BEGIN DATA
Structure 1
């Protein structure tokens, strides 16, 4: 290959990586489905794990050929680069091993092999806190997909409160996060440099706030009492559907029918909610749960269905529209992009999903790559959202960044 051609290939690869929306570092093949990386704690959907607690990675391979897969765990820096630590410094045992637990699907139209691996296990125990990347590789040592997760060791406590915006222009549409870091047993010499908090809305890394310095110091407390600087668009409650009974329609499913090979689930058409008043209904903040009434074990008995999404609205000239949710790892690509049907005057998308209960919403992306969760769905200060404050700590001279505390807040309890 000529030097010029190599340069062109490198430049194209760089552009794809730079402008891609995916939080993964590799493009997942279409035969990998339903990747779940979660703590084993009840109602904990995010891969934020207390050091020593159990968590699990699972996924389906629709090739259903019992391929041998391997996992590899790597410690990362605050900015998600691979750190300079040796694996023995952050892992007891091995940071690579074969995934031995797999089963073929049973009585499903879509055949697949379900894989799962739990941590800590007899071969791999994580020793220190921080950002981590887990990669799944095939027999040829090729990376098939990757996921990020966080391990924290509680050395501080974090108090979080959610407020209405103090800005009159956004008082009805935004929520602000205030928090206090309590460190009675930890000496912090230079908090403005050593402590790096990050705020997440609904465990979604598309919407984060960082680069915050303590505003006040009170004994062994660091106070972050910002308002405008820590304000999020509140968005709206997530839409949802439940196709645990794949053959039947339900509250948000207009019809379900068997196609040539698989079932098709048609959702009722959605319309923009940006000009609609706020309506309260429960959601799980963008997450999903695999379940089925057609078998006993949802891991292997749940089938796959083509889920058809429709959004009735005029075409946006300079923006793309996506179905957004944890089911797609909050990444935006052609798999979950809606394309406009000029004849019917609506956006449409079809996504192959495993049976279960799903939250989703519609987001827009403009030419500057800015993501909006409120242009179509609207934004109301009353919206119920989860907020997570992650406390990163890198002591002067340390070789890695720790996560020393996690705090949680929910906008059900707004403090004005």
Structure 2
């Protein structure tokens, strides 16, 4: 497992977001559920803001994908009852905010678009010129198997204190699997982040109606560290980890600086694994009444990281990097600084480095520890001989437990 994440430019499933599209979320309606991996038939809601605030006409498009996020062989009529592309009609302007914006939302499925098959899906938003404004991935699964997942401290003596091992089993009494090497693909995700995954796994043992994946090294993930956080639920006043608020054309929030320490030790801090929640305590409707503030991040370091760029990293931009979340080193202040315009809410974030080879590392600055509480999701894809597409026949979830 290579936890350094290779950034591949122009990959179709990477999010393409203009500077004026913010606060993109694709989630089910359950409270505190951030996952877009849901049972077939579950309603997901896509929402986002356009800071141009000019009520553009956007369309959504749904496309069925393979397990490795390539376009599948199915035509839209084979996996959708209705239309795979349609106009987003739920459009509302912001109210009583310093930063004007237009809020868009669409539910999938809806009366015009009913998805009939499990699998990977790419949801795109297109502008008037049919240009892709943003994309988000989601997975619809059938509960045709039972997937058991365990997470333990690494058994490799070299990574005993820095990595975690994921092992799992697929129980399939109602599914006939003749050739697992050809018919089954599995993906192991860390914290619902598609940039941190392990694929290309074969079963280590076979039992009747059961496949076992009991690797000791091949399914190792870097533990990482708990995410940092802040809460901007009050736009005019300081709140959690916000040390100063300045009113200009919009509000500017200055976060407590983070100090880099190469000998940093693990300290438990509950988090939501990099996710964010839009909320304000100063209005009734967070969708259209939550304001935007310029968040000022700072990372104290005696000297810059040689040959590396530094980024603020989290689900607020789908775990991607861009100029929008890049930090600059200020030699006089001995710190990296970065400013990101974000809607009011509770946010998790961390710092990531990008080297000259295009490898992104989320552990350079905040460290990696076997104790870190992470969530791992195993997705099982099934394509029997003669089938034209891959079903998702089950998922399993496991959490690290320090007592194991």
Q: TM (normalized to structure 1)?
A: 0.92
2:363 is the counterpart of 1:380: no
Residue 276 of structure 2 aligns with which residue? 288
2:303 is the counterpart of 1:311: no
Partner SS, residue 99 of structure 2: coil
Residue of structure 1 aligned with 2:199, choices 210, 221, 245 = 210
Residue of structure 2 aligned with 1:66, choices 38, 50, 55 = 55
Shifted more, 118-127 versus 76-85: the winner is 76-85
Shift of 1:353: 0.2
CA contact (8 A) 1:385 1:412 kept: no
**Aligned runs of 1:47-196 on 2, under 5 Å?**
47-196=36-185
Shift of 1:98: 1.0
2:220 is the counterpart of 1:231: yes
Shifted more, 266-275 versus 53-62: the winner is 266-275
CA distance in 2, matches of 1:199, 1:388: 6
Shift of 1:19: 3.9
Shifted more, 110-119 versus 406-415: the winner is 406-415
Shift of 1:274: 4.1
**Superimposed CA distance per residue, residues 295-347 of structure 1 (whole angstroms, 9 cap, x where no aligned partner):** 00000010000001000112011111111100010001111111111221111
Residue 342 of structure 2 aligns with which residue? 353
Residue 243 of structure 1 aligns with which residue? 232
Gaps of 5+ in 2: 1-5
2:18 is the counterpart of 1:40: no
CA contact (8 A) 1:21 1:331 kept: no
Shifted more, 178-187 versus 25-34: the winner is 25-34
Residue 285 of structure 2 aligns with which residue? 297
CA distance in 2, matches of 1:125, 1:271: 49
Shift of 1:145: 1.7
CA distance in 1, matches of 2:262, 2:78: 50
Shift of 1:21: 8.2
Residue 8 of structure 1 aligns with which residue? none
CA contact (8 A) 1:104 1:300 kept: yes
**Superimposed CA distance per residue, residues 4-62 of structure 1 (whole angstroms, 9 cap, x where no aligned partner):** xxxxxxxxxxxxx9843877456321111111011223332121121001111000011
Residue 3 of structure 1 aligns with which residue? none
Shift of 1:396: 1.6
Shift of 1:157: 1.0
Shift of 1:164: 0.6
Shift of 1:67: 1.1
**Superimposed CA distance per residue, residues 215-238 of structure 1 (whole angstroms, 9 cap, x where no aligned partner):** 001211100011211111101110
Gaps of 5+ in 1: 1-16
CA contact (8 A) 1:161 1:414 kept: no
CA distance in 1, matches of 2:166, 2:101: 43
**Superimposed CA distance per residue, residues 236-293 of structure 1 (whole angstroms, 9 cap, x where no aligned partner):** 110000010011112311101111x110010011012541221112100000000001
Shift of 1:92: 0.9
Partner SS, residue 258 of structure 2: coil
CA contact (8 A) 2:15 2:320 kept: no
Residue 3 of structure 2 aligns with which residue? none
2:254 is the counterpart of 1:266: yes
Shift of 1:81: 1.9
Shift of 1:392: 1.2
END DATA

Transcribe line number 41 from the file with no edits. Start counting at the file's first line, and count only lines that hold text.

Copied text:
Shift of 1:396: 1.6